• Yards Brewing, COO Trevor Pritchett (Work of Tomorrow, Wharton XM)
    yardslogo

    • Talked about some metrics for their capital intensive brewing
      • Barrels per sq ft typically
    • 50k barrels all in the production house / taproom to be able to see the production and create experience
    • In 4-5 states currently, looking at $300+ revenue per bbl, 50% margin
    • Seeing so much acquisition of new brands and crafts – “purchase authenticity” rather than innovate
      • Bigger companies are near 3mil barrels, so 60x
  • Weston Gaddy (@westongaddy), former Senior Principal at Bain Capital Ventures (20min VC 081)
    br4umccm_400x400

    • YC alum with Frog Metrics (handheld survey), cofounded in college from Founders Fund, YC, Alexis O
      • Created software, low-friction, to gather info for small stores while customers were in store
    • Strategy consultant for consumer product tech with Bain, initially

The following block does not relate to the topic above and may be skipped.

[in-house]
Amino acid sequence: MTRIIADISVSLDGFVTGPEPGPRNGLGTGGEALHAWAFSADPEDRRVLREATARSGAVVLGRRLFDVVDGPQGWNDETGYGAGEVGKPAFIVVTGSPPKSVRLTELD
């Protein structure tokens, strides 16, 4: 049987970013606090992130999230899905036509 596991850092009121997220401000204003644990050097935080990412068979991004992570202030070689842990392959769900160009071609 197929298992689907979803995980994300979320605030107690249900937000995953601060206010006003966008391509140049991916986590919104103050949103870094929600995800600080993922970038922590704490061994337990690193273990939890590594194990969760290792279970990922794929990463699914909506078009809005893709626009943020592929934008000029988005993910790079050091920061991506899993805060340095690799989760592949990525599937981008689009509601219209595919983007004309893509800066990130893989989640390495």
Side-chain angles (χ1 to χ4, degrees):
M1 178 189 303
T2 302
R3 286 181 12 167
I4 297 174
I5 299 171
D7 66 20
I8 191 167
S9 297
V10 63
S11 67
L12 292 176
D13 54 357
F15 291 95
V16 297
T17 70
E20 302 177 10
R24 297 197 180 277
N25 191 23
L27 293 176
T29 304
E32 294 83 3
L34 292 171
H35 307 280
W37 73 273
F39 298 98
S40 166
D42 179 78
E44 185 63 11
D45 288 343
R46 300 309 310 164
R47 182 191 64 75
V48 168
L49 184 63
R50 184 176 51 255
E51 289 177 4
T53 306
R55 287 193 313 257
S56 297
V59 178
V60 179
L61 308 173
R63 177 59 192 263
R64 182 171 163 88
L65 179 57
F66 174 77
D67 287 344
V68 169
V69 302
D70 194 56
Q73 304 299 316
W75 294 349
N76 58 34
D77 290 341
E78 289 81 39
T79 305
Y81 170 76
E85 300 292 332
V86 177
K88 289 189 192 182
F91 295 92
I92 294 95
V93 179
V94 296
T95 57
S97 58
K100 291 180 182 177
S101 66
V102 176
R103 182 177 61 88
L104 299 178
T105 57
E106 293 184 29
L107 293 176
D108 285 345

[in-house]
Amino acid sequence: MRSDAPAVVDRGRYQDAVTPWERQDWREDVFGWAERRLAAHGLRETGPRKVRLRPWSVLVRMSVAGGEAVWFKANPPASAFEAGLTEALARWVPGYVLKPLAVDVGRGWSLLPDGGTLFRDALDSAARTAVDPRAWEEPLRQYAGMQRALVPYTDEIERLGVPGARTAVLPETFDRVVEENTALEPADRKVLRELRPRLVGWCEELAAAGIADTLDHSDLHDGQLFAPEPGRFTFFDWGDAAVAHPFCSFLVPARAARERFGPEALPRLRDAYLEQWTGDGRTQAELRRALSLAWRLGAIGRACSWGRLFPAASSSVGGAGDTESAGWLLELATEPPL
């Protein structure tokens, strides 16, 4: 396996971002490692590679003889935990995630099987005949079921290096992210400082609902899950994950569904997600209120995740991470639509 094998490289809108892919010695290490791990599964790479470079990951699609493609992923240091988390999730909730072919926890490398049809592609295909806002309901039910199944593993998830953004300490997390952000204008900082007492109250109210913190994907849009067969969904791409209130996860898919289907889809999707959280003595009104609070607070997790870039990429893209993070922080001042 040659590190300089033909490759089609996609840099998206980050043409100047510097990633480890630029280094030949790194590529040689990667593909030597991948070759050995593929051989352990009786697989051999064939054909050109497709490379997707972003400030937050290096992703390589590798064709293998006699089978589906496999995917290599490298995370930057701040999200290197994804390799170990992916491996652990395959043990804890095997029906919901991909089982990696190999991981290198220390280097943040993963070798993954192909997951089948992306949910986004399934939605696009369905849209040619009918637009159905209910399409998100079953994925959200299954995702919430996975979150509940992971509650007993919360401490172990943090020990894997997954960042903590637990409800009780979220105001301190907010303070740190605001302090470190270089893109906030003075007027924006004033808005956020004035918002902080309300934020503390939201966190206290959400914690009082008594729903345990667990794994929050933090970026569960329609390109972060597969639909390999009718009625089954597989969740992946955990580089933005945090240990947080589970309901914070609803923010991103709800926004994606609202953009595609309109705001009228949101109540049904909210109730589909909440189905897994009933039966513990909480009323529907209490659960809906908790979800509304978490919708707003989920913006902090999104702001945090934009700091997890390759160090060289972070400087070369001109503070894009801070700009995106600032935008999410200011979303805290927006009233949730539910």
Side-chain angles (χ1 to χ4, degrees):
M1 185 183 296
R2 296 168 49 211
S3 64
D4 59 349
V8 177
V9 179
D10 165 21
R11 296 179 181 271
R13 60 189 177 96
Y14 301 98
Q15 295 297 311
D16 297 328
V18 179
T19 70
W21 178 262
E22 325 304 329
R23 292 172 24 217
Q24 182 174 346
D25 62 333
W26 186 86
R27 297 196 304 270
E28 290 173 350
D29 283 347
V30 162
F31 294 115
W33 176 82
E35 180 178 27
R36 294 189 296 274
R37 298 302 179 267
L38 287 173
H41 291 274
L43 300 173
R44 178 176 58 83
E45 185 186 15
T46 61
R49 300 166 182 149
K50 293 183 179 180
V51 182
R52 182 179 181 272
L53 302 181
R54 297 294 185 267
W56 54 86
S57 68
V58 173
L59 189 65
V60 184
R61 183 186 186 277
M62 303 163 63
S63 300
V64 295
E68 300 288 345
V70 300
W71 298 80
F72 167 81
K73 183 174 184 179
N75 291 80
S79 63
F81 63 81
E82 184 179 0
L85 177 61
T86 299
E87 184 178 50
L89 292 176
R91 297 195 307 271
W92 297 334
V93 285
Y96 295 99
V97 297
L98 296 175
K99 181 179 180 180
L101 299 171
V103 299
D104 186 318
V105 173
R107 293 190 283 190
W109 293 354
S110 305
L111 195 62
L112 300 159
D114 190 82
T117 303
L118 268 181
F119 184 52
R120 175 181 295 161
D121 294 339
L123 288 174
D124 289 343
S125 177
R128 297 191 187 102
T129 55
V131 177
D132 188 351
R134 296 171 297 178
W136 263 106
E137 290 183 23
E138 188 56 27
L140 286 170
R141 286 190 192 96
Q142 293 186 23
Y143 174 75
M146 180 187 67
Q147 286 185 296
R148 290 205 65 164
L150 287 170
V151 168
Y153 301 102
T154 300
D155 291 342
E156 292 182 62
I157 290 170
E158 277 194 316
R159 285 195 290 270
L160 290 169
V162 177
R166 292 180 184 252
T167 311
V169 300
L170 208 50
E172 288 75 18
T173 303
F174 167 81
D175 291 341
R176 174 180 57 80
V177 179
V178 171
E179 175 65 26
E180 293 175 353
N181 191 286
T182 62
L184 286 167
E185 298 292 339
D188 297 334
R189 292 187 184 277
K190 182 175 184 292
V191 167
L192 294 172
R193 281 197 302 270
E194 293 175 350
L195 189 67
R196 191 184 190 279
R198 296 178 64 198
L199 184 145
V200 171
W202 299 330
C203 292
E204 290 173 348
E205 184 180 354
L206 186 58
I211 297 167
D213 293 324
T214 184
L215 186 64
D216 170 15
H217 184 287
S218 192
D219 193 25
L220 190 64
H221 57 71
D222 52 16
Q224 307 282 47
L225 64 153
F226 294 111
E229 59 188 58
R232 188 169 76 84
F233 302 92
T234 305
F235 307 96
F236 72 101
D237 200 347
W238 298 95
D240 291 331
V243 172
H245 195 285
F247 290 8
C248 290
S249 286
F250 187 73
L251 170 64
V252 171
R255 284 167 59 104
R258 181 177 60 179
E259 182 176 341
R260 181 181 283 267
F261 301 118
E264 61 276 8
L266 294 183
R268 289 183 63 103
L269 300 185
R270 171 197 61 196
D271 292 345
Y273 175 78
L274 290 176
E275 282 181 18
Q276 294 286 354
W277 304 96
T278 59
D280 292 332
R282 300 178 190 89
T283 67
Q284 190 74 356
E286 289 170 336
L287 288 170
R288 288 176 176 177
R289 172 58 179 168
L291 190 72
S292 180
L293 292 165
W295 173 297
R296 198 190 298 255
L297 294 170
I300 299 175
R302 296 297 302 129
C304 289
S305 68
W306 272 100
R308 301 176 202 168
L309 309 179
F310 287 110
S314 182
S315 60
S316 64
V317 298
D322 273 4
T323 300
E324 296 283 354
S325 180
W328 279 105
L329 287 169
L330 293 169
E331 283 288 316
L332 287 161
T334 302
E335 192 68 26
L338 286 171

• Grew up outside ALBQ in NM, went to college on east coast – how things go together
      • WisdomTree Funds – average investor to access the market
    • Start small, but work on a big focus (market) – small problems that tackle big issues
      • Thing he learned: asking the question “Why now?” – what has changed in the market/tech that created opp
      • Assuming everything else was bad in the past is a flawed framework
    • Investing-wise, he’s in NY and focuses solely on geographically sticking to the east coast (personally)
      • Time for valuations and investing has pushed early on the west coast
    • Product has the ability to win brand loyalty above all-else with technology and the media methods changing
      • Both digital and physical products (no longer single jingle commercial, or incentives in the channel to sell)
    • Passion projects and interests in the environment – does think that it’s important to specialize
      • His is enterprise technology as it pertains to selling to CMO – marketing tech
        • Largest spenders in the corporation over the next 5-10 years
      • Sector expertise becomes more important as you get further in the company investing stage
    • Favorite book as The Sixth Extinction, Pulitzer prize – human-created mass extinction
    • Most recent investment was a second tie-on for Jet.com
  • Jim Collins as guest (@level5leaders) (Tim Ferriss Show #361)
    • Socratic advisor: asked what Tim did his PhD thesis on – language acquisition and ideograms of different approaches / pros/cons of each method